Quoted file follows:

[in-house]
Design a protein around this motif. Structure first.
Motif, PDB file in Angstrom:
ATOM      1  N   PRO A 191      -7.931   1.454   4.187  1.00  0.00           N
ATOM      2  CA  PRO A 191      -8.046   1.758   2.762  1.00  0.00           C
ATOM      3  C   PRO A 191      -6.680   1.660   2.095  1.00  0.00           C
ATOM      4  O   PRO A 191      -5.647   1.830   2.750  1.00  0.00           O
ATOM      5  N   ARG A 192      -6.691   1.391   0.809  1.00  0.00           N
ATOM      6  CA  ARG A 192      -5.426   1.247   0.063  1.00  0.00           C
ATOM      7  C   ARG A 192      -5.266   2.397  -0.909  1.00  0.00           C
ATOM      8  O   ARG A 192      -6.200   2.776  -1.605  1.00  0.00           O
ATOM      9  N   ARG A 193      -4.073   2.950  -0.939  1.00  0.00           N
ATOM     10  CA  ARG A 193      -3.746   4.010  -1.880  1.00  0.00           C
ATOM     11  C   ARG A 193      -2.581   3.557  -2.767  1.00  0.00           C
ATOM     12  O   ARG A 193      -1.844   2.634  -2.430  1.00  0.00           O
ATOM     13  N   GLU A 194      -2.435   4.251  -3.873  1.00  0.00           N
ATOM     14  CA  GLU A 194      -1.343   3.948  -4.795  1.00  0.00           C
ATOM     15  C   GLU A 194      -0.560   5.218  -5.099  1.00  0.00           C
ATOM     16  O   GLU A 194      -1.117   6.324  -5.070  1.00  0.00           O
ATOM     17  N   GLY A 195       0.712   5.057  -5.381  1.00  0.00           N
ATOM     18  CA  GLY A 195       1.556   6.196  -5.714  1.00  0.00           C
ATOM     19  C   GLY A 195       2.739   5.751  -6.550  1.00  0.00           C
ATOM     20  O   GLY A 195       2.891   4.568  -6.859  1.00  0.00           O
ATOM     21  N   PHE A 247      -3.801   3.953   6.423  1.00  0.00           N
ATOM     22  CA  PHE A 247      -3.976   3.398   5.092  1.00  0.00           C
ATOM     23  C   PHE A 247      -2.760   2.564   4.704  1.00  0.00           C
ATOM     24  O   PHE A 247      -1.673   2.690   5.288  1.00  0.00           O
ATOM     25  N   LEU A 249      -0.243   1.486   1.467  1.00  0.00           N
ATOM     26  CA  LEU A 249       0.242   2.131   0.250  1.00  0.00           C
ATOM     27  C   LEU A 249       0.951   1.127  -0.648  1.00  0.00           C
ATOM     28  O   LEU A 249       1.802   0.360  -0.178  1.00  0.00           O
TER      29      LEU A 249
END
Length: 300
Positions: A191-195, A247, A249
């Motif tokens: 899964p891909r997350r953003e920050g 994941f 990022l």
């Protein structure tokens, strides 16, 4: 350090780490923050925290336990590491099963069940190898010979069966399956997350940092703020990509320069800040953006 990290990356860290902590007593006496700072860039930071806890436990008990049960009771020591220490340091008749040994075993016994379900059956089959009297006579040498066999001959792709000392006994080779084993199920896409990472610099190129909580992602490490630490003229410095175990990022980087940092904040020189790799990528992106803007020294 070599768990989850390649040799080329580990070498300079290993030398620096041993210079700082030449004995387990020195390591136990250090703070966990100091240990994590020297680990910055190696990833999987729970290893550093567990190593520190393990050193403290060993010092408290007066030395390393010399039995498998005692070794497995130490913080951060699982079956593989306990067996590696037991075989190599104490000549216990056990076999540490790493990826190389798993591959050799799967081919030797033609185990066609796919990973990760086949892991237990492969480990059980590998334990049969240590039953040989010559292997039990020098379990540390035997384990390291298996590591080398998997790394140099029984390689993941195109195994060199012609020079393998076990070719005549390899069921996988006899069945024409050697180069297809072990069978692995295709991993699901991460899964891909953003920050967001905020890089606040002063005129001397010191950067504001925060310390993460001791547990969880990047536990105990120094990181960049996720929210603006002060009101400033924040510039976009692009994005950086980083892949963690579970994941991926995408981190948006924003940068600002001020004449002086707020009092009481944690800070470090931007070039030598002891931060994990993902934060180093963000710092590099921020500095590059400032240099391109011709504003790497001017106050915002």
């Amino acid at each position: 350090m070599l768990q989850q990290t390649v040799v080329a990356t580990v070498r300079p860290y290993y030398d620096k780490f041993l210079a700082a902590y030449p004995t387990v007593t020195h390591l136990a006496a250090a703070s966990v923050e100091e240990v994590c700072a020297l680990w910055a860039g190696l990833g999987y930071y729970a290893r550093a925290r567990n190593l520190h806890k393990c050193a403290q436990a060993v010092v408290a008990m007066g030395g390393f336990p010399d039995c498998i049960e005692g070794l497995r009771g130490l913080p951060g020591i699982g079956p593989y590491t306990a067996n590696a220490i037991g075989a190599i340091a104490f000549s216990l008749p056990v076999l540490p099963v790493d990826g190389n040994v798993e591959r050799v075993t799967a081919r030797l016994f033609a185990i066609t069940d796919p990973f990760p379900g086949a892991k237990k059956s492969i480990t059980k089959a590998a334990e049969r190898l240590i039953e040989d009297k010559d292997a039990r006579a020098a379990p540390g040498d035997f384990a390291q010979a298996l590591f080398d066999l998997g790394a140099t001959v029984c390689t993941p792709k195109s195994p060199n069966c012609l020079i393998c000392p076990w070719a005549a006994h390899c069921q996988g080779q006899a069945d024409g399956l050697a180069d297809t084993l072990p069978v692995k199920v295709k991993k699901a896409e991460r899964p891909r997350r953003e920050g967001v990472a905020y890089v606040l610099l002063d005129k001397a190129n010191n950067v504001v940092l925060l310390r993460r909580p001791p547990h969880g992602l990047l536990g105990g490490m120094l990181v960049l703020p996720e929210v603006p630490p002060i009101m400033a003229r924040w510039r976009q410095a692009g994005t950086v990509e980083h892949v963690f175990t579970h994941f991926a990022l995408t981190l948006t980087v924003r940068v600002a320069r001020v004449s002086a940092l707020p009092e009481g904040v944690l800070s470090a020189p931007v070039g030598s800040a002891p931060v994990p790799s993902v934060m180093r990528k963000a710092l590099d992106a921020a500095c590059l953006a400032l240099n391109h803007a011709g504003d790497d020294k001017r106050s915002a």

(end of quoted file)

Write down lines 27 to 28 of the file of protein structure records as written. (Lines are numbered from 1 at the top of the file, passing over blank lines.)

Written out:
ATOM     24  O   PHE A 247      -1.673   2.690   5.288  1.00  0.00           O
ATOM     25  N   LEU A 249      -0.243   1.486   1.467  1.00  0.00           N